Motorcyclists Have Their Own Responsibilities On The Road

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A FEW MONTHS AGO I wrote about a woman named Lora A. Hunt from Lake Zurich, Ill. She was painting her fingernails while driving her SUV, and in the process, she rear-ended and killed motorcyclist Anita Zaffke, who was stopped for a red light. At the time, it was opined that she'd be brought up on charges of felony vehicular manslaughter, which carries a maximum penalty of three years in jail.

A recent article in the Daily Herald, a local Chicago newspaper, reports that Ms. Hunt was indicted for "reckless homicide." The six-count indictment could mean as many as five years in prison if she's convicted.

Lake County Assistant State Attorney Mike Mermel said Hunt's actions went beyond distracted driving, and that she was oblivious to the safety of other motorists. "This was not distracted driving, but almost intentionally reckless," Mermel said. A bond of $100,000 has been set.

This is a good start. It won't bring Zaffke back, but it might make a few drivers aware of their responsibilities to the persons they share the roads with. Maybe, but I doubt it. Until legislation is passed that imposes severe prison and monetary penalties on drivers who maim or kill others due to their inattentiveness, nothing is going to change.

To show you how naive I am, the other day I heard a radio report about government efforts to make texting while driving illegal throughout the U.S. How in the hell could you ever possibly drive and text? I would never have considered the possibility. It's all I can do to find a phone number stored in my cell phone and try to connect with that.

Although the thought behind this proposal is based on common sense, I think this is another fruitless gesture, like mandating the use of hands-free devices while using a cell phone.

What was even more amazing was learning of a group fighting against the law because it considers it a violation of first amendment rights. I guess killing or maiming doesn't count as there doesn't seem to be any clause that covers the victims of people texting while driving. Perhaps it comes under the clause that defers anything not specifically covered by the Bill of Rights to the state or the people.

While being killed or injured due to another's action on the road is appalling, it's even more appalling what some motorcyclists are doing to themselves. According to confirmed statistics, from September 2007 to October 2008, there were more Marines from Camp Pendelton killed in motorcycle accidents than there were combat deaths.

Pretty shocking. I'll wager that the motorcycle death rate at other military bases tells the same story. What's interesting is that most, if not all, of these riders had to complete a rider education program before they could secure permission to ride their motorcycle on base.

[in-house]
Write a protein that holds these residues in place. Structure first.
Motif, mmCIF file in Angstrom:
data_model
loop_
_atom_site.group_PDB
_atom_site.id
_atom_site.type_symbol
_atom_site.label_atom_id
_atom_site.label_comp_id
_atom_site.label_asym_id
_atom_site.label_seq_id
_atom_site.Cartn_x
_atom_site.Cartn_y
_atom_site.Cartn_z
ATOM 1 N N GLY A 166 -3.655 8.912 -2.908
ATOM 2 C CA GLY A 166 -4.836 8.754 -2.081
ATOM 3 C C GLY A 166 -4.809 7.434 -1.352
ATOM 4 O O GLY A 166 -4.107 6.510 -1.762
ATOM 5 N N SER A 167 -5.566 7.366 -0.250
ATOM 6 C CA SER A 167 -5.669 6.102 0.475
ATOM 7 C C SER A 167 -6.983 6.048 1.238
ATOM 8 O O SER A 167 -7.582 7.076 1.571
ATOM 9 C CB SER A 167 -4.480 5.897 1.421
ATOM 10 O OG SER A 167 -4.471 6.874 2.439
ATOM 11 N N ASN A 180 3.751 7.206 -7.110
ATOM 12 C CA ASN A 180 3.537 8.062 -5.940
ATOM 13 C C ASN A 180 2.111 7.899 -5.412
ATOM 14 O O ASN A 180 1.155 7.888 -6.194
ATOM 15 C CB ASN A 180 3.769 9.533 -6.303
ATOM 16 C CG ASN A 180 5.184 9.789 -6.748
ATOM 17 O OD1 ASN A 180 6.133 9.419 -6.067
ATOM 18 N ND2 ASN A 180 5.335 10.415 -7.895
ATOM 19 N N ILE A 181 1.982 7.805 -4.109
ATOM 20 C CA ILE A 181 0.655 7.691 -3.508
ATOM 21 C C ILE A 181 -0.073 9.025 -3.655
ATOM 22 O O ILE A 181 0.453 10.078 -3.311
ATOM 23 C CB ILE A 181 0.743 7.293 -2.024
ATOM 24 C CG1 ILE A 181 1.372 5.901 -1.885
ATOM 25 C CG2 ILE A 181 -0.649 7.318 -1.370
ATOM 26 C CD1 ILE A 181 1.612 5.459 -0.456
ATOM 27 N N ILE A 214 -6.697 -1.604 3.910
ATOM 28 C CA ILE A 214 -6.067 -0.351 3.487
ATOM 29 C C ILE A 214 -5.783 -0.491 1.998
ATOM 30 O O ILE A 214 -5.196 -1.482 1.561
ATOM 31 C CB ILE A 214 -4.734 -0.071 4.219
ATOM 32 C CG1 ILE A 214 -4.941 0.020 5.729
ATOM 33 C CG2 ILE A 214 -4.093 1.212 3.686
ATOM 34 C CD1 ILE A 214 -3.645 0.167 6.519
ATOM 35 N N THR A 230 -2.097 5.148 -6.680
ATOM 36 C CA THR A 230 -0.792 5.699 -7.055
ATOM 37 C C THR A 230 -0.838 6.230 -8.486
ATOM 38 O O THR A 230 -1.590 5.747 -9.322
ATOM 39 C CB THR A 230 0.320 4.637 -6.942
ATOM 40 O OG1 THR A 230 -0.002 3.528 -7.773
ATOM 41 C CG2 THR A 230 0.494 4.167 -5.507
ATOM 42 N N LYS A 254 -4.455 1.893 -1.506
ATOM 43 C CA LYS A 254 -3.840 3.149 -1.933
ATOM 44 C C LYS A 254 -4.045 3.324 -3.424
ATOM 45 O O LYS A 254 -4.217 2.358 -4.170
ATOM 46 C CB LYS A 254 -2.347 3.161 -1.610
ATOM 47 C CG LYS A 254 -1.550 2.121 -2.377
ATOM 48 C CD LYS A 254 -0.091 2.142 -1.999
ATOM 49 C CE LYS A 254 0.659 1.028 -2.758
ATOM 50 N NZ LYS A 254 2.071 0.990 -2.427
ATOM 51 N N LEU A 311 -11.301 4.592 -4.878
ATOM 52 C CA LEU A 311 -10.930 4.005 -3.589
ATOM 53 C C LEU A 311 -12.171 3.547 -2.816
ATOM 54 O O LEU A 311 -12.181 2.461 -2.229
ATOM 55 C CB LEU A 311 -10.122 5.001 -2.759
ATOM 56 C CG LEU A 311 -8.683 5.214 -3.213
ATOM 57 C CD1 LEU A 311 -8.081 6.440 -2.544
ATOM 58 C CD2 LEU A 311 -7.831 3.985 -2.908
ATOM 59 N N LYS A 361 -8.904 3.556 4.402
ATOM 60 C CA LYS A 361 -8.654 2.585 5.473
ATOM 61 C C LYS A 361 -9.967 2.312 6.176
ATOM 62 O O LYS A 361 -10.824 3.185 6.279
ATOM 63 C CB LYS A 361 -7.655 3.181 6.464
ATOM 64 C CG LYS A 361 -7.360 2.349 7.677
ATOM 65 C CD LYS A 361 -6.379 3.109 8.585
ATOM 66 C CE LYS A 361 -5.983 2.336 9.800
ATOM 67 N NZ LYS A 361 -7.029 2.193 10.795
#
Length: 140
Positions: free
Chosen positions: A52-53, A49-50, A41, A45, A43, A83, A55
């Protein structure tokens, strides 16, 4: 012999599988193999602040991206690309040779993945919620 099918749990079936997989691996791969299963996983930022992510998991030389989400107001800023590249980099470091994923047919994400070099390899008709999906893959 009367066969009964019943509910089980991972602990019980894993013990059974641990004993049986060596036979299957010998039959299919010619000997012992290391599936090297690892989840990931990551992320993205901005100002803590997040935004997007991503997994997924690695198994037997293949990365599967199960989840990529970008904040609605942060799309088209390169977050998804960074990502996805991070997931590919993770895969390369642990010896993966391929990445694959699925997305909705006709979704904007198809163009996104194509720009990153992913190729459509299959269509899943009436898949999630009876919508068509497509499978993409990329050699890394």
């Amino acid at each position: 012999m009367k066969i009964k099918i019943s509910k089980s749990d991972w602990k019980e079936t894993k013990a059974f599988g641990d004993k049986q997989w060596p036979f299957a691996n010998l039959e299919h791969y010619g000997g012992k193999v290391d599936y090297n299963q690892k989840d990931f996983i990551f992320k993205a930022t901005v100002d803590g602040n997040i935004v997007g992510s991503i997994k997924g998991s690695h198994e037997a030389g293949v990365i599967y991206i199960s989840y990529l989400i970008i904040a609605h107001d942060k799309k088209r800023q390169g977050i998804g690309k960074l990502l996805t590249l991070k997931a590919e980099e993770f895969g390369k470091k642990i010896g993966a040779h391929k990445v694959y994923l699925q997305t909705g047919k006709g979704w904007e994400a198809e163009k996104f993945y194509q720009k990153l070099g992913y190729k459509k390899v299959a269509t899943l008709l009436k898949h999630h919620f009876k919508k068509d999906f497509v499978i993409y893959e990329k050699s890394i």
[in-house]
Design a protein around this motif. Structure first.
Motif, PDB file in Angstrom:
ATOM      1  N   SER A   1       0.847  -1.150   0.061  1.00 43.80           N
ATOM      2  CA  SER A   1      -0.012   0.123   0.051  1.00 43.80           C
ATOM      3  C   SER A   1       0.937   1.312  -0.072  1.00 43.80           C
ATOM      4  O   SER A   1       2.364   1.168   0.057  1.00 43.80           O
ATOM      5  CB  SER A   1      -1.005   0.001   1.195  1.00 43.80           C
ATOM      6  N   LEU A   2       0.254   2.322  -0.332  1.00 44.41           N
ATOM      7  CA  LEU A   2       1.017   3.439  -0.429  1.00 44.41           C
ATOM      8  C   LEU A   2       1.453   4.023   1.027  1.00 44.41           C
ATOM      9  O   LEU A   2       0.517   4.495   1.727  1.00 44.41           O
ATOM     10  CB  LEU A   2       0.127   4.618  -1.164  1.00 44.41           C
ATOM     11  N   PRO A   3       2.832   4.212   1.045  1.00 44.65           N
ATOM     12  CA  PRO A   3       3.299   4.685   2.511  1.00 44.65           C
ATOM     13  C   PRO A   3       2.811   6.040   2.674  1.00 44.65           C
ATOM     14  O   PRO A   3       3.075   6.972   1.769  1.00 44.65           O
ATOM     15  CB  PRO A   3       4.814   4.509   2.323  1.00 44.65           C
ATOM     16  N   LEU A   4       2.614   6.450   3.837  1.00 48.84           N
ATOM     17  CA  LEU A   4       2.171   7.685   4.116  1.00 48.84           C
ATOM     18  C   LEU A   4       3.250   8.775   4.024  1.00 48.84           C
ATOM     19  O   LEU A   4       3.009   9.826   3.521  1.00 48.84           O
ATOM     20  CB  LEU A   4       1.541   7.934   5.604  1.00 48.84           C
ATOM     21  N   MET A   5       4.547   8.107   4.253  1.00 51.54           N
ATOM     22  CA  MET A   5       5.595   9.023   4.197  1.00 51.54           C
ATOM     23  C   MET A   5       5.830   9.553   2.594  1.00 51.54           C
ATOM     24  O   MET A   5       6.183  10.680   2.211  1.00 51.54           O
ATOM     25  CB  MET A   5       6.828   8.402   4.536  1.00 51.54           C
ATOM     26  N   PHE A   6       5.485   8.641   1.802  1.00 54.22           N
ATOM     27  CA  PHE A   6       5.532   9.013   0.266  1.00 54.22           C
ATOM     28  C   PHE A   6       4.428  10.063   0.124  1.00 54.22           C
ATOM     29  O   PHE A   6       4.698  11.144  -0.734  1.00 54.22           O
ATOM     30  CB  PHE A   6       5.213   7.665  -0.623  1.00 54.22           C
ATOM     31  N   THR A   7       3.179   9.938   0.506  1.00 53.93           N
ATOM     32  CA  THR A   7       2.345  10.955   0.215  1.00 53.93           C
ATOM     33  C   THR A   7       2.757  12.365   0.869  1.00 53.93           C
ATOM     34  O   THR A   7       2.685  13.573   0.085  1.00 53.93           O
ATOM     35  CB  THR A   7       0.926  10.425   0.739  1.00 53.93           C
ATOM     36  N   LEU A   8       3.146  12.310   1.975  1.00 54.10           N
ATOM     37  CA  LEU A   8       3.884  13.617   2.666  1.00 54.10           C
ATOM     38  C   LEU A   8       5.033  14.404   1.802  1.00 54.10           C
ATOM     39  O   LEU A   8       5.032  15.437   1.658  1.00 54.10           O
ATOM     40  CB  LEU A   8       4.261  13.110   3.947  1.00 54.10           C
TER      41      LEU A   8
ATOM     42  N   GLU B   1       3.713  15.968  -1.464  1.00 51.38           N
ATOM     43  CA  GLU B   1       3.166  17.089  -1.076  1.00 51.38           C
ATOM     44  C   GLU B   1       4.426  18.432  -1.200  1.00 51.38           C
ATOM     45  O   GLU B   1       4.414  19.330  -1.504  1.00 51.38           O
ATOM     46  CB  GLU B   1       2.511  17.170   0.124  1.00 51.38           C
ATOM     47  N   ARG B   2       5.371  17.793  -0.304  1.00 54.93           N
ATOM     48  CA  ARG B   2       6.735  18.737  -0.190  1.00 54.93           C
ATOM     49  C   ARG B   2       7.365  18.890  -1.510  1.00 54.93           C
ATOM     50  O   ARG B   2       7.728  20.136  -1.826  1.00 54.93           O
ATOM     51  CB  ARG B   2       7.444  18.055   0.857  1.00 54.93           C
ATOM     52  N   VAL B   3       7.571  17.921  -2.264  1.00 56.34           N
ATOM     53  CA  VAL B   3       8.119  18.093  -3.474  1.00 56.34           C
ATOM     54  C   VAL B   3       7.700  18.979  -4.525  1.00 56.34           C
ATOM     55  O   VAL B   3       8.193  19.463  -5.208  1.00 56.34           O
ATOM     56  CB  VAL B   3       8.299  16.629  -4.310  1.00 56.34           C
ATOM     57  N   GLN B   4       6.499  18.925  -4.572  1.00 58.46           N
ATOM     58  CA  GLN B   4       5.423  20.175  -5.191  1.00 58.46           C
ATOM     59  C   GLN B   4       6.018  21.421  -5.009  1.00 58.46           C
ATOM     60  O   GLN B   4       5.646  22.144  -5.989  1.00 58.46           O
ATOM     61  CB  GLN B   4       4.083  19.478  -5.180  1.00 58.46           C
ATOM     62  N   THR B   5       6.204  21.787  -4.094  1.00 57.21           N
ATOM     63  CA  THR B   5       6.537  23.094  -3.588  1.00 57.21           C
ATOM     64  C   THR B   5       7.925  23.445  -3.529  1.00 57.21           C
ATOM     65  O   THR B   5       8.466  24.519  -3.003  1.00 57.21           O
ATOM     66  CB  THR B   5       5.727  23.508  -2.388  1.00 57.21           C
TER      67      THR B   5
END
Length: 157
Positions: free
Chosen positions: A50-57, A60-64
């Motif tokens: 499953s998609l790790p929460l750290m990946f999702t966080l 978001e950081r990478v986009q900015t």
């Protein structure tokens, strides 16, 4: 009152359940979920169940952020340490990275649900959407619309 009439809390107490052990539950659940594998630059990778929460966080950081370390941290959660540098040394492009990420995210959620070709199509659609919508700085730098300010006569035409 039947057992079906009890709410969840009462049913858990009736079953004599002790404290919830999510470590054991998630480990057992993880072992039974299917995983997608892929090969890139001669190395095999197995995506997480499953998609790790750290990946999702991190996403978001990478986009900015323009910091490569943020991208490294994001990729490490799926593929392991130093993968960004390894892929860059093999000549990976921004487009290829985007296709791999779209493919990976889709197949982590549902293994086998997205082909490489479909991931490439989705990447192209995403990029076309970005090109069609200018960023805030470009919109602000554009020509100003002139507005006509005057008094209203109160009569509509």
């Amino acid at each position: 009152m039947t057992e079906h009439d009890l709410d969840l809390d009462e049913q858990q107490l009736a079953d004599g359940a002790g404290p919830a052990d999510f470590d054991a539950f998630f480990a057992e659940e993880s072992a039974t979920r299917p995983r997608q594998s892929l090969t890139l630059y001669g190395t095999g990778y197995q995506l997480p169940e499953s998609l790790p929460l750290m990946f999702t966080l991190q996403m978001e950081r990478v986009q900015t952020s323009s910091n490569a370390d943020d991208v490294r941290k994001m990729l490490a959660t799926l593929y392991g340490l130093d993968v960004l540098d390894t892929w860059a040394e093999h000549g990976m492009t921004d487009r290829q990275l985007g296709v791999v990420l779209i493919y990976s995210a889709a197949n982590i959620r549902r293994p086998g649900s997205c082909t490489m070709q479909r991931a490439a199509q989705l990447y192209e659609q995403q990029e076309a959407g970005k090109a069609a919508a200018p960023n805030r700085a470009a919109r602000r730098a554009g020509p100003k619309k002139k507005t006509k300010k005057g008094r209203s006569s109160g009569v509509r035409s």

Does this mean that rider education is a waste of time? Not at all. What Rider Ed can't do is change the chemical mixture in the brain that causes you to turn the throttle toward yourself when you should be turning it away. I don't know what the answer is to this problem, but it's serious, and I'm surprised that more base commanders haven't outlawed motorcycles on their facilities, which could have a severe impact on some dealers.

AN EXAMPLE: APE HANGERS

Speaking of what some motorcyclists are doing to themselves, I've noticed out here on the left coast that more and more Harley riders are equipping their bikes with ape hangers. I recall they were very popular in the '60s, and maybe into the '70s, but I know that at least in some states they were legislated out of existence. When I was living in Minnesota, I believe a law outlawed handlebars more than 8 inches over the top of the fuel tank, which effectively put an end to the fad. I assume that people put them on their bikes because they think it looks cool. Maybe, but for sure it doesn't add anything to improve handling. Any opportunity for countersteering is diminished the higher you go.

The other day I saw some ape hangers that caused the rider to be almost entirely stretched out. The only way he could have had input into the handlebars, other than a minor nudge left or right, was if he were to stand on the pegs. This is bad idea not only for the rider, but for those around him who depend on his skill and expertise to guide his ride safely through traffic and along twisty back roads. This is such a bad idea that it should be legislated out of existence.

It's easy to let motorcycle safety fall to the bottom of your priority list while you focus on business. But remember that safety is important in both keeping and gaining customers. If the general public perceives that motorcycling is unsafe, or overly risky, fewer people will be drawn to it, and customers may conclude, as they look at rising accident and fatality rates, that the activity is no longer worth the risk.

This article originally appeared in the Dealernews November 2009 issue.